Here are some examples how bacteria and viruses can spread through makeup products.
- Sneezing and coughing onto uncovered products, brushes and tools. The next person to use this product will be at risk.
- Touching the products with finger. You might not know you are a virus carrier.
- Double dipping onto liquid, cream or powder products with makeup brush or applicator that comes with the product. When you apply the product on your skin, the brush or applicator picks up all the virus and bacteria on your skin. When you dip the applicator and brush back into the same product, you are transferring the bacteria or virus into that product.
- Sharing cosmetics and makeup brushes. You never know what lies on the surface of the other person’s skin.
- Using expired or contaminated products and tools that have not been cleansed and disinfect.
Here is an interesting article by Caroline Kee and John Gara of Buzzfeed on “Here’s How Much Bacteria Is Actually On Your Makeup Products“. The experiment they did for this article shows how much bacteria was there on their makeup products and if cleaning it actually made a difference.
Makeup Best Practices
Using a metal spatula or butter knife to pick up cream and liquid products is always advisable to prevent contamination and prolong the lifespan of the product. Especially when you are ill, do not apply lip balm and lip products directly onto your lips. Use a spatula or butter knife to pick up the products and apply using cotton bud or lip brush. If you are using lip brush, remember to disinfect the brush immediately after use.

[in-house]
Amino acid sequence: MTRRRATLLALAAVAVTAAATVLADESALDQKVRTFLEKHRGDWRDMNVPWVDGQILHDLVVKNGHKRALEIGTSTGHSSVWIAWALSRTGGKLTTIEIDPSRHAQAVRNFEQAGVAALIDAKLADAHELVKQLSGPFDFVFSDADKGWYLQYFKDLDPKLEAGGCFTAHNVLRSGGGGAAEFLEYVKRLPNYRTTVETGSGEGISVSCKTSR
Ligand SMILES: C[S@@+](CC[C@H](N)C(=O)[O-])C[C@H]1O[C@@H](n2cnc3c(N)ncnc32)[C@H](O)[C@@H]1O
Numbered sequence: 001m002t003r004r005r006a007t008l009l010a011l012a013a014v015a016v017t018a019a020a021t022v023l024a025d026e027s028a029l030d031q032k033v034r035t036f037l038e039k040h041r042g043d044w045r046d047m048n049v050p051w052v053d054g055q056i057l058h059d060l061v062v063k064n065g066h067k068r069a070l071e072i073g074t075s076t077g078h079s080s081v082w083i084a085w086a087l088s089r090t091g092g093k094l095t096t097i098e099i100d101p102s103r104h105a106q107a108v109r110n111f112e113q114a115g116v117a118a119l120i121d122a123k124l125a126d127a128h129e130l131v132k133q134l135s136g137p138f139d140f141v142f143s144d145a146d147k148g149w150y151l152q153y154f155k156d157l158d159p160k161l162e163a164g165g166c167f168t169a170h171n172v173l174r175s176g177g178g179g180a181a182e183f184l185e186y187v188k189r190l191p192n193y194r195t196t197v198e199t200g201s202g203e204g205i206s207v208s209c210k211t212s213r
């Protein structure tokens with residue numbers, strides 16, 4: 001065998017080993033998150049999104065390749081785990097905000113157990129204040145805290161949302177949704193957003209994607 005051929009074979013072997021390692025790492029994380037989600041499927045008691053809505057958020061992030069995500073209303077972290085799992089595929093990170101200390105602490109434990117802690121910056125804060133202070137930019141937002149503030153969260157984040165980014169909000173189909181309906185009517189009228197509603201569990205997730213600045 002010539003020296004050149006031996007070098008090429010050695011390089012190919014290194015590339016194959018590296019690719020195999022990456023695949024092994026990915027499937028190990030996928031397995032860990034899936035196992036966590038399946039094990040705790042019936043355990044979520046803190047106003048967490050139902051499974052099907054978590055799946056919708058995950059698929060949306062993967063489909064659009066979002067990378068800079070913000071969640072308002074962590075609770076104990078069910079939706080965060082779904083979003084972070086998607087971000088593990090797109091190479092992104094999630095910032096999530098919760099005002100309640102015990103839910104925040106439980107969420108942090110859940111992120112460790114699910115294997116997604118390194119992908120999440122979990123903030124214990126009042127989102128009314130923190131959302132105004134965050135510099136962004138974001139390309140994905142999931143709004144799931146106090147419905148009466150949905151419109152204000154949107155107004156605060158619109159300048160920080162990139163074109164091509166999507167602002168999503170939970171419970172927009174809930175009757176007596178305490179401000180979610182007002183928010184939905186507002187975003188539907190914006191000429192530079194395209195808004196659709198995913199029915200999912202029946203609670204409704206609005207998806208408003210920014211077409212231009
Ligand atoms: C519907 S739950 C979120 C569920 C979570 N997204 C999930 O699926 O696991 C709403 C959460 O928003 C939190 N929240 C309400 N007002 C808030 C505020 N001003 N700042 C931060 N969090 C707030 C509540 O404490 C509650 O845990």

Washing hands with soap frequently is always the best. Check out this experiment which shows how bacteria spread with different level of hand cleanliness.
Makeup Artist Do’s & Don’t
For people who hire makeup artist, always pay close attention to how your makeup is being done. Standards of cleanliness and hygiene differ depending on makeup artists. If you notice dirty brushes and messy makeup palettes, please reject for your makeup to be done immediately. Do not risk getting infections.
For makeup artists, there is no excuse for not practicing good hygiene habits. Your makeup products and tools should be treated as your babies. They should always be in good condition. Bacteria and virus from one person should not transfer to another person via makeup products, tools and brushes. Here are some basic guidelines to follow:
- Wash your hands with soap and water (best method) or use hand sanitiser (at least) before starting makeup.